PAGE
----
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Cataract Surgery

What is a Cataract?

A cataract is when the clear lens of the eye becomes cloudy, which is caused by a build-up of protein. When you reach about 60 years old, you are more likely to develop advanced cataracts that can affect your vision. This is a natural process that happens as a person ages.

If you have a cataract, you might experience vision problems like blurry, cloudy or dim vision, especially at night. You could also have light sensitivity and see halos around lights. Fading or yellowing of your vision, or double vision in one eye, are also symptoms of cataracts.

How Does Cataract Surgery Work?

During cataract surgery, the cloudy lens is removed and replaced with an artificial lens, called an intraocular lens (IOL), which helps you see clearly again. Modern cataract procedures involve the use of an ultrasound device that breaks up the cloudy lens into small pieces, and those pieces are removed from the eye with suction.

Standard Procedure

A standard cataract procedure can correct either distance or up close vision, and this procedure is typically covered by insurance and Medicare.  Patients who choose the standard lenses may still need to wear glasses when driving or reading.

Lens Upgrades

Upgraded lenses are available out-of-pocket if you want to decrease your dependence on glasses after surgery. Multifocal lenses can correct both up close and distance vision, and astigmatism can also be corrected, depending on which package you choose.

What is a Secondary Cataract?

Several weeks, months or years after cataract surgery, some patients may develop vision impairments again and worry that their cataract has “grown back.” But, that’s not the case.

In some cases, the posterior lens capsule can become cloudy in several weeks, months, or years following cataract surgery. In medical terms, this is called posterior capsular opacification (PCO). This is also sometimes referred to as a secondary cataract.

A secondary cataract can be eliminated with a YAG laser capsulotomy, which is a quick, in-office procedure. The specialized laser creates a clear “window” in the cloudy capsule (sack) that the lens is sitting in, which allows your vision to be clear again. The YAG procedure is a quick, painless procedure that usually does not need to be done again.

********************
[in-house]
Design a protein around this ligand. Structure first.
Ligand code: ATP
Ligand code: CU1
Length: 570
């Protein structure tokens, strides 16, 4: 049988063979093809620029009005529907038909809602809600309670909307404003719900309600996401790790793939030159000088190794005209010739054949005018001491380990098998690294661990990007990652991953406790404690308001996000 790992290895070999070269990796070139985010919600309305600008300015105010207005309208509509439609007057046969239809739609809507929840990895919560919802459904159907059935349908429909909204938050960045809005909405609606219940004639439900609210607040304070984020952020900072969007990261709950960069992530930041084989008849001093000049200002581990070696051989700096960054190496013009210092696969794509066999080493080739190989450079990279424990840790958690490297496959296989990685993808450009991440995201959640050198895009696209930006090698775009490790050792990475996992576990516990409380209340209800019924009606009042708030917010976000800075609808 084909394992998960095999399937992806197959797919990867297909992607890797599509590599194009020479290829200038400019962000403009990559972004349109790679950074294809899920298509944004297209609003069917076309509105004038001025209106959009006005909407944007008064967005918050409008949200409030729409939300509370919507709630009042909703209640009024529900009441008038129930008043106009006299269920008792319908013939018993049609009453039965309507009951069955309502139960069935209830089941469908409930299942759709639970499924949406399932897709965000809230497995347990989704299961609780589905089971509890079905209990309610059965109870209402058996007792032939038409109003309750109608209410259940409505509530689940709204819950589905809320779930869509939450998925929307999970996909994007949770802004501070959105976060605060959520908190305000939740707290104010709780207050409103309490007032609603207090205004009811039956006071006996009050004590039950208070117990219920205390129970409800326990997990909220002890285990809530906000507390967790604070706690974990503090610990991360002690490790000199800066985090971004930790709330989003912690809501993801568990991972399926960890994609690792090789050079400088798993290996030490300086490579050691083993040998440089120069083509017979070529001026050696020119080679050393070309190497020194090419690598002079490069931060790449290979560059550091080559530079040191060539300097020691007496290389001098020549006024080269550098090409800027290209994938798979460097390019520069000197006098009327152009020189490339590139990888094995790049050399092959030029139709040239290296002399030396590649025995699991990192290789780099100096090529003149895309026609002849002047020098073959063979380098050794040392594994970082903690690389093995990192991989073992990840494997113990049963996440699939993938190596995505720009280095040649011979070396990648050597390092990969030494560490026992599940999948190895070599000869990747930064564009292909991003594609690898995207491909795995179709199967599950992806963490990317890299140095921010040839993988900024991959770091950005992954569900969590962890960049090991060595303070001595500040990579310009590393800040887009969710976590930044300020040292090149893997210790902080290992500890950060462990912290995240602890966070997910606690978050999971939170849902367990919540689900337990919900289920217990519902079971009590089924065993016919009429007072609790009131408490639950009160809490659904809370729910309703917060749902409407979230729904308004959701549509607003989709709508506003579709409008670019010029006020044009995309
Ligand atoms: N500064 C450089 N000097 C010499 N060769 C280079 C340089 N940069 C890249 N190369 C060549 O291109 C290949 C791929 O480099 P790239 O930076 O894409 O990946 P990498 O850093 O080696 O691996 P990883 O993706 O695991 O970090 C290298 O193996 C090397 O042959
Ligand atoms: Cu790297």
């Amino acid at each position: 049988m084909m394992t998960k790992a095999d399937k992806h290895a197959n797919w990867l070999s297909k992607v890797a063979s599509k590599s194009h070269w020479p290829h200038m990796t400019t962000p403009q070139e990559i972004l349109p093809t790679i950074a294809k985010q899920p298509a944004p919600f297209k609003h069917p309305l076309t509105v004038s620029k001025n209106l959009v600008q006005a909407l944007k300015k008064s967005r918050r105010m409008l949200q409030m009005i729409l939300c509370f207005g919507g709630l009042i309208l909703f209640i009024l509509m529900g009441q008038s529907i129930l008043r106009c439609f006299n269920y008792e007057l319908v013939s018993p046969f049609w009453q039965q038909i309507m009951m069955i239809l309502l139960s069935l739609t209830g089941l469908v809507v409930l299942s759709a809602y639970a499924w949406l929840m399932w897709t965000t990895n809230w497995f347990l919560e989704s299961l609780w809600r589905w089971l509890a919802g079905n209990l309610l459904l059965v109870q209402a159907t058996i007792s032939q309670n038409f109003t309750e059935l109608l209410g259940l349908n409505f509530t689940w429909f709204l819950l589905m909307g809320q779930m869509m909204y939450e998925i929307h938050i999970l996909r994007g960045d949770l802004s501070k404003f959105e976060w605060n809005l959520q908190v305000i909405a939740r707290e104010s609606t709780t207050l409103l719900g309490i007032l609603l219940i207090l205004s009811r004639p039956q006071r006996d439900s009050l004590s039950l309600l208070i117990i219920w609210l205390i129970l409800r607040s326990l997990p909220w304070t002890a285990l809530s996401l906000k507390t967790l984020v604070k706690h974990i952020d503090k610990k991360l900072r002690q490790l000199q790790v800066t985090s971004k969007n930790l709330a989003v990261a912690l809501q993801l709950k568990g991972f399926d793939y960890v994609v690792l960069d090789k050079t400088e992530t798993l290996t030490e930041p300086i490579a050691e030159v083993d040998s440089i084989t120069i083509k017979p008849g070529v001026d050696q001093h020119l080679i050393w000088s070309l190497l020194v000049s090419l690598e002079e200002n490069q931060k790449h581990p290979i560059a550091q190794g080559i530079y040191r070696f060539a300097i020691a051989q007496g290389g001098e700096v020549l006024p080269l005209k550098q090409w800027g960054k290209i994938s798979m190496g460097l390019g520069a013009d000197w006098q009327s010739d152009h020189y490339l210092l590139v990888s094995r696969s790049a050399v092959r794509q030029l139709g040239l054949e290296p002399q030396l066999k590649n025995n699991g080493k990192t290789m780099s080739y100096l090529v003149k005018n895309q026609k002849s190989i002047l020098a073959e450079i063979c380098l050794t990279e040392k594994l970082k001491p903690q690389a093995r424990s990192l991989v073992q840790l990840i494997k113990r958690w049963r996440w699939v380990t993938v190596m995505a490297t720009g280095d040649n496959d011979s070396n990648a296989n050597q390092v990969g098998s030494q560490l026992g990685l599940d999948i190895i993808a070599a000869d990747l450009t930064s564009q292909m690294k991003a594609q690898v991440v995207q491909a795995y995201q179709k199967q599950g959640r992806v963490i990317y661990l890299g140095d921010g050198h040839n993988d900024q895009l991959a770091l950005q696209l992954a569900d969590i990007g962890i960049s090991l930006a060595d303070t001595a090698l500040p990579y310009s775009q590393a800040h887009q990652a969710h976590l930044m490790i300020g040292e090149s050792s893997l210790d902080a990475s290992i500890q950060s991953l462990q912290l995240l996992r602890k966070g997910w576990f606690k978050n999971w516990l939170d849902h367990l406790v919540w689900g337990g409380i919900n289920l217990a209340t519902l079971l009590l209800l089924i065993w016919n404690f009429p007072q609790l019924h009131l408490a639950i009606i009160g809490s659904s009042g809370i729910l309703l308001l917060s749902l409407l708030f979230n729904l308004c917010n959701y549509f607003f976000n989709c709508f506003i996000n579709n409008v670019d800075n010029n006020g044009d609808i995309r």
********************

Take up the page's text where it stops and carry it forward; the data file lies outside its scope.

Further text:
Why Cataract Surgery?

Cataract surgery can restore your blurred or cloudy vision that is caused by the cataract. Lens upgrades during the procedure could even reduce your dependence on glasses and contacts after the surgery.

 

Does Insurance Cover Cataract Surgery?

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Cataract FAQs

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How to Prepare for Your Procedure

  • 1. Fast After Midnight Down Arrow

    Fast After Midnight

    Do not eat or drink anything after midnight, the night before your procedure. Morning medication can be taken with a small sip of water.

  • 2. Minimize Your Morning Routine Down Arrow

    Minimize Your Morning Routine

    Wash your face well with soap and water the morning of your procedure but do not wear any makeup, hair products, perfume, aftershave or lotion on the day of your procedure.

  • 3. Bring a Friend or Family Member Down Arrow

    Bring a Friend or Family Member

    You’ll need to arrange for someone to bring you in for the procedure and pick you up once the procedure is completed. Your guest is more than welcome to accompany you through your procedure. If they wish, they may watch your procedure live from our “friends and family viewing area.” If your guest chooses not to view the procedure, they may wait in our comfortable lounge or simply return to the center one hour after your arrival time.

  • 4. Review the Informed Consent Document Down Arrow

    Review the Informed Consent Document

    Take the time to read the Informed Consent document prior to the day of your procedure. Please do not sign the document until you are with your surgeon on the day of your procedure. Additionally, if you happen to develop a cold sore the week of your surgery, please call us to let us know. For your safety, it may be best to reschedule your procedure if you have a cold sore.

What Should I Expect After My Procedure?

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